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Andhra Pradesh: Women’s collective sets an example

Apart from cultivating organic crops in 11 acres, the group supports a diet programme for 23 diabetics

September 11, 2022 09:48 pm | Updated 09:48 pm IST - ANANTAPUR

Diabetes patients being supported by the Mana Bhoomi Women’s Collective Farming undergoing tests for blood sugar levels at Kurugunta in Anantapur district.

Diabetes patients being supported by the Mana Bhoomi Women’s Collective Farming undergoing tests for blood sugar levels at Kurugunta in Anantapur district. | Photo Credit: R.V.S. PRASAD

Ten single women hailing from economically backward classes, with no support after their husbands either left them or died, have come together to till 11 acres of land at Kurugunta village on the Anantapur-Ballari Road, setting an example for women empowerment. 

The women, natives of the YSR Colony of Kurugunta, have become the backbone of their families. They have set an example for others to grow organic crops, without using chemical fertilizers or pesticides. In addition to supporting their families, they support an innovative programme for 23 diabetics in the village.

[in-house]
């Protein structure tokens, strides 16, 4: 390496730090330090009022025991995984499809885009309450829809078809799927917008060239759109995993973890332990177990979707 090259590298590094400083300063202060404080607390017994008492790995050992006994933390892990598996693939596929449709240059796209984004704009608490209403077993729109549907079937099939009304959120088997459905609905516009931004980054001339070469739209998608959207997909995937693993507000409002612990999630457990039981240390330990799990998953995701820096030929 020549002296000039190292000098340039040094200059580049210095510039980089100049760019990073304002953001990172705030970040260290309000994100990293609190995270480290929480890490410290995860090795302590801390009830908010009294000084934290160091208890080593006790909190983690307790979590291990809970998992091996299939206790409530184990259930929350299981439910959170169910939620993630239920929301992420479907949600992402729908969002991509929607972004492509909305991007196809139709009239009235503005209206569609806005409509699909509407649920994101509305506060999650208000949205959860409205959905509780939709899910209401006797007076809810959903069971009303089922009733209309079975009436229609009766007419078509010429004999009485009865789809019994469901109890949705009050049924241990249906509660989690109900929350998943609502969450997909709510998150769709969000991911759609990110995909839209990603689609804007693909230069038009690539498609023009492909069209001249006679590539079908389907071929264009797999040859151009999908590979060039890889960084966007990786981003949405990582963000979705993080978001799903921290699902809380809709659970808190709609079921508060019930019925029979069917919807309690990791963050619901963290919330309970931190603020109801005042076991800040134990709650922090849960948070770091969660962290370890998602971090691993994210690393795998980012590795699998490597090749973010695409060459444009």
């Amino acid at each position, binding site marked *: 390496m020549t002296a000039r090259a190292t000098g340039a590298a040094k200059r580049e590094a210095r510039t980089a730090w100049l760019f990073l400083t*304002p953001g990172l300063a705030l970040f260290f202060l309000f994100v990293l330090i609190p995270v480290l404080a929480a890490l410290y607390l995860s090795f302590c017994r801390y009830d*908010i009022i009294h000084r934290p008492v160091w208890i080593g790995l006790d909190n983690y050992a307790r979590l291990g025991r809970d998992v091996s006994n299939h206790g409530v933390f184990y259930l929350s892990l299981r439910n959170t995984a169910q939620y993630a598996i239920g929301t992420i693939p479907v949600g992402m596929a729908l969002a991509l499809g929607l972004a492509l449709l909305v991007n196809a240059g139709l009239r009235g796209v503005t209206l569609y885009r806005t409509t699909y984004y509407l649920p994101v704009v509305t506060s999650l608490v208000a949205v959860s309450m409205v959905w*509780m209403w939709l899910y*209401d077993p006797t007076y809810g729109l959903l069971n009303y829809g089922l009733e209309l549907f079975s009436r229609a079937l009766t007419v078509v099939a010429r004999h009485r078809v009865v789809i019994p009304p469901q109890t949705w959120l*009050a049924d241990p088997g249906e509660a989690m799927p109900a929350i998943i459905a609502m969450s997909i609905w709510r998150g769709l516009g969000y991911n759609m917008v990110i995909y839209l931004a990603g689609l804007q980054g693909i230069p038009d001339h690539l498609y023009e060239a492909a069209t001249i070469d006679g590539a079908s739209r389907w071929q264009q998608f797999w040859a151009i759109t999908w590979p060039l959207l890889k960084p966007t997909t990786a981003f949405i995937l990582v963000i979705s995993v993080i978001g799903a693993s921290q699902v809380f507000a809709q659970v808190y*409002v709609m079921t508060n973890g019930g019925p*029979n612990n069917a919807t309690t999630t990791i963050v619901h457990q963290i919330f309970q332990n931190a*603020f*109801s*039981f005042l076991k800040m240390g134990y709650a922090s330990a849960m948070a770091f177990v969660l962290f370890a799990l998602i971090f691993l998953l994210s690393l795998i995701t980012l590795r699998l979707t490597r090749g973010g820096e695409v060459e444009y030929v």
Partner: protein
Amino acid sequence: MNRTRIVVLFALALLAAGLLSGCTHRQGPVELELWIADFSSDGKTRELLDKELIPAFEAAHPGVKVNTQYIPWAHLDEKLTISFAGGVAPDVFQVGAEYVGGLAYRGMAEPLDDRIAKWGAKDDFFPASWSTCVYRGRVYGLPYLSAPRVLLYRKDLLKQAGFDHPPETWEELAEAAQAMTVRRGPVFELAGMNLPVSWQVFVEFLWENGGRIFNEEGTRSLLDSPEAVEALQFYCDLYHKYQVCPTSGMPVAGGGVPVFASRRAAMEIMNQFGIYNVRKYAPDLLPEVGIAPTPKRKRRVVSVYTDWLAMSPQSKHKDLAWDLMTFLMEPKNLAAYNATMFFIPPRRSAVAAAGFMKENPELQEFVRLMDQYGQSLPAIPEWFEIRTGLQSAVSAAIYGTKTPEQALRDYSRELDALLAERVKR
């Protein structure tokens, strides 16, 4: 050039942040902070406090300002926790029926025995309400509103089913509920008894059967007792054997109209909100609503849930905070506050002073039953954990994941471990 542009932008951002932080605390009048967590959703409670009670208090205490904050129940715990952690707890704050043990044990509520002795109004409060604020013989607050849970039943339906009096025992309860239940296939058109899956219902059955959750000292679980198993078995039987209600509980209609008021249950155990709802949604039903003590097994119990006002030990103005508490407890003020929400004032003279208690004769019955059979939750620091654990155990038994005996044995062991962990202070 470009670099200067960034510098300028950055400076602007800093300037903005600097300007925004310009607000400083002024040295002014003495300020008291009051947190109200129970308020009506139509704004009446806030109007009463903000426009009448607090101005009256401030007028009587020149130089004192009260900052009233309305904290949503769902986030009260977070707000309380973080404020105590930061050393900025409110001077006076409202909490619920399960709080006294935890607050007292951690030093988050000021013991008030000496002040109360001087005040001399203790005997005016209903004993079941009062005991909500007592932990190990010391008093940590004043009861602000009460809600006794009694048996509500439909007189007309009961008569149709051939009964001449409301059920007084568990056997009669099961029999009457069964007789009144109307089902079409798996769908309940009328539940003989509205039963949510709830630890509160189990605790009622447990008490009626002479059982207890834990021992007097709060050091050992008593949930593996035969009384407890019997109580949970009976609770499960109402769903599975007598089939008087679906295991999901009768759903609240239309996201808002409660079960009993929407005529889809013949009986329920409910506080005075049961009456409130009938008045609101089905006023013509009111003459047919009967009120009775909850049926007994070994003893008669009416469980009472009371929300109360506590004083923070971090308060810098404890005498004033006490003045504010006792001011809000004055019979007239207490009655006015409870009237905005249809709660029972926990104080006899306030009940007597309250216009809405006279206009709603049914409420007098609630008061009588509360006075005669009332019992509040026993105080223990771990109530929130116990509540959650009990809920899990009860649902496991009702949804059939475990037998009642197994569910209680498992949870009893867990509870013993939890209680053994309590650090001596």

“The initial support came from the Rural And Environment Development Society (REDS). We named the group Mana Bhoomi Women’s Collective Farming. We have been cultivating a stretch in the rain-deficit Anantapur Rural mandal for the past three years,” says Chelimi Alivelamma, a member of the group.

Now, the group is self-sufficient and grow millets, vegetables and fruits such as guava, custard apple. It has adopted the ‘Navadhanya concept’ where every kind of cereals and pulses are grown to support a family and make agriculture a profitable venture.

Director C. Bhanuja, who actively advises the group, says that the land owner have given the land on lease and the group earns ₹40,000 a month after all expenses. It has forged a tie-up with a Farmer Producers’ Organisation (FPO) in Kadiri for sale of their produce.

Inspired by health concepts promoted by independent nutritionist Khader Vali, the group cooks food three times a day for the diabetics. These people do not eat anything from outside and have been on a millet diet prescribed by the nutritionist. They are part of a month-long experiment if this food can reduce their blood sugar levels, says Ms. Alivelamma.

The sugar levels of the diabetics were tested when the programme was launched on August 21. Another round of testing was done on September 9. After the completion of a month, they will get their sugar levels tested to record the difference.

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